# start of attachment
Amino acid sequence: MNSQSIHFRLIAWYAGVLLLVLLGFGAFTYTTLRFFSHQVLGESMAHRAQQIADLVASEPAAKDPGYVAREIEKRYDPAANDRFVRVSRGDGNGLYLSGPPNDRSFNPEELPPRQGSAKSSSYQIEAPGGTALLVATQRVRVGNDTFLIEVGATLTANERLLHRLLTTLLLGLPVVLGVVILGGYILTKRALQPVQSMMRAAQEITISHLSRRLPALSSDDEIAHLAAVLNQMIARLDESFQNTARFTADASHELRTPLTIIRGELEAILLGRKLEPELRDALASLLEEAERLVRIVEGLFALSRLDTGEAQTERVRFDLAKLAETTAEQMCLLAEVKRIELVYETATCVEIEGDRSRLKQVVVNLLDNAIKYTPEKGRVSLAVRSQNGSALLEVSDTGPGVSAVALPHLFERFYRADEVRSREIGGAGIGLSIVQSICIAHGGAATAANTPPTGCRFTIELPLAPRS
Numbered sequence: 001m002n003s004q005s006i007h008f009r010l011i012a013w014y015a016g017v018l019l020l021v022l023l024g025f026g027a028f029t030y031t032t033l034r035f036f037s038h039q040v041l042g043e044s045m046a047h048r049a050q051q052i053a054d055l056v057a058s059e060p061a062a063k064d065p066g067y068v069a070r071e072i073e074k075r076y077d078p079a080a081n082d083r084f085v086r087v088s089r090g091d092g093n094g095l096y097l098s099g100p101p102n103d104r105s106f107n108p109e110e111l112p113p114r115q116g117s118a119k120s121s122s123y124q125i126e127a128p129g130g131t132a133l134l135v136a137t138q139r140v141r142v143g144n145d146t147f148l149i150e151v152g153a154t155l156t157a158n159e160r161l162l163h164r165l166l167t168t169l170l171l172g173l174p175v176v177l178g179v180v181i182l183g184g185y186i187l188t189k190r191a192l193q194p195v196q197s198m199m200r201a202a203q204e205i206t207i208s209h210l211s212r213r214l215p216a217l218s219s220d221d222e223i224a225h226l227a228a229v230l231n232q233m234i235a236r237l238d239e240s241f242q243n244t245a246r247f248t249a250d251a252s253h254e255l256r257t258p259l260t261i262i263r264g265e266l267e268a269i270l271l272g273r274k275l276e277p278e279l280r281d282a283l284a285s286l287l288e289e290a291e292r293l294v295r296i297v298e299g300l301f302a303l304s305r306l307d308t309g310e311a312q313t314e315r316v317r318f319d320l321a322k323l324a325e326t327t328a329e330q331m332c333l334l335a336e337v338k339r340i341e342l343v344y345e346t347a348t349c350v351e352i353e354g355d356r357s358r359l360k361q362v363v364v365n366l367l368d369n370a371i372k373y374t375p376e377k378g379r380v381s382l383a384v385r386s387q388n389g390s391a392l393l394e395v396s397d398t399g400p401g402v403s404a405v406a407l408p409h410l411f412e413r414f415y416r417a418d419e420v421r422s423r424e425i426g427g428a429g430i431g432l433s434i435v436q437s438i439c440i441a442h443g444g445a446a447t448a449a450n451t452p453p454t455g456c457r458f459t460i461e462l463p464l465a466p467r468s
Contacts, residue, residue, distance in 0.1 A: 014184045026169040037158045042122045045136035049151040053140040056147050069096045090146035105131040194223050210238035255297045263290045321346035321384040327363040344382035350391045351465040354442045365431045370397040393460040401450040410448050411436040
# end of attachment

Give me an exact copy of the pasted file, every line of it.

Amino acid sequence: MNSQSIHFRLIAWYAGVLLLVLLGFGAFTYTTLRFFSHQVLGESMAHRAQQIADLVASEPAAKDPGYVAREIEKRYDPAANDRFVRVSRGDGNGLYLSGPPNDRSFNPEELPPRQGSAKSSSYQIEAPGGTALLVATQRVRVGNDTFLIEVGATLTANERLLHRLLTTLLLGLPVVLGVVILGGYILTKRALQPVQSMMRAAQEITISHLSRRLPALSSDDEIAHLAAVLNQMIARLDESFQNTARFTADASHELRTPLTIIRGELEAILLGRKLEPELRDALASLLEEAERLVRIVEGLFALSRLDTGEAQTERVRFDLAKLAETTAEQMCLLAEVKRIELVYETATCVEIEGDRSRLKQVVVNLLDNAIKYTPEKGRVSLAVRSQNGSALLEVSDTGPGVSAVALPHLFERFYRADEVRSREIGGAGIGLSIVQSICIAHGGAATAANTPPTGCRFTIELPLAPRS
Numbered sequence: 001m002n003s004q005s006i007h008f009r010l011i012a013w014y015a016g017v018l019l020l021v022l023l024g025f026g027a028f029t030y031t032t033l034r035f036f037s038h039q040v041l042g043e044s045m046a047h048r049a050q051q052i053a054d055l056v057a058s059e060p061a062a063k064d065p066g067y068v069a070r071e072i073e074k075r076y077d078p079a080a081n082d083r084f085v086r087v088s089r090g091d092g093n094g095l096y097l098s099g100p101p102n103d104r105s106f107n108p109e110e111l112p113p114r115q116g117s118a119k120s121s122s123y124q125i126e127a128p129g130g131t132a133l134l135v136a137t138q139r140v141r142v143g144n145d146t147f148l149i150e151v152g153a154t155l156t157a158n159e160r161l162l163h164r165l166l167t168t169l170l171l172g173l174p175v176v177l178g179v180v181i182l183g184g185y186i187l188t189k190r191a192l193q194p195v196q197s198m199m200r201a202a203q204e205i206t207i208s209h210l211s212r213r214l215p216a217l218s219s220d221d222e223i224a225h226l227a228a229v230l231n232q233m234i235a236r237l238d239e240s241f242q243n244t245a246r247f248t249a250d251a252s253h254e255l256r257t258p259l260t261i262i263r264g265e266l267e268a269i270l271l272g273r274k275l276e277p278e279l280r281d282a283l284a285s286l287l288e289e290a291e292r293l294v295r296i297v298e299g300l301f302a303l304s305r306l307d308t309g310e311a312q313t314e315r316v317r318f319d320l321a322k323l324a325e326t327t328a329e330q331m332c333l334l335a336e337v338k339r340i341e342l343v344y345e346t347a348t349c350v351e352i353e354g355d356r357s358r359l360k361q362v363v364v365n366l367l368d369n370a371i372k373y374t375p376e377k378g379r380v381s382l383a384v385r386s387q388n389g390s391a392l393l394e395v396s397d398t399g400p401g402v403s404a405v406a407l408p409h410l411f412e413r414f415y416r417a418d419e420v421r422s423r424e425i426g427g428a429g430i431g432l433s434i435v436q437s438i439c440i441a442h443g444g445a446a447t448a449a450n451t452p453p454t455g456c457r458f459t460i461e462l463p464l465a466p467r468s
Contacts, residue, residue, distance in 0.1 A: 014184045026169040037158045042122045045136035049151040053140040056147050069096045090146035105131040194223050210238035255297045263290045321346035321384040327363040344382035350391045351465040354442045365431045370397040393460040401450040410448050411436040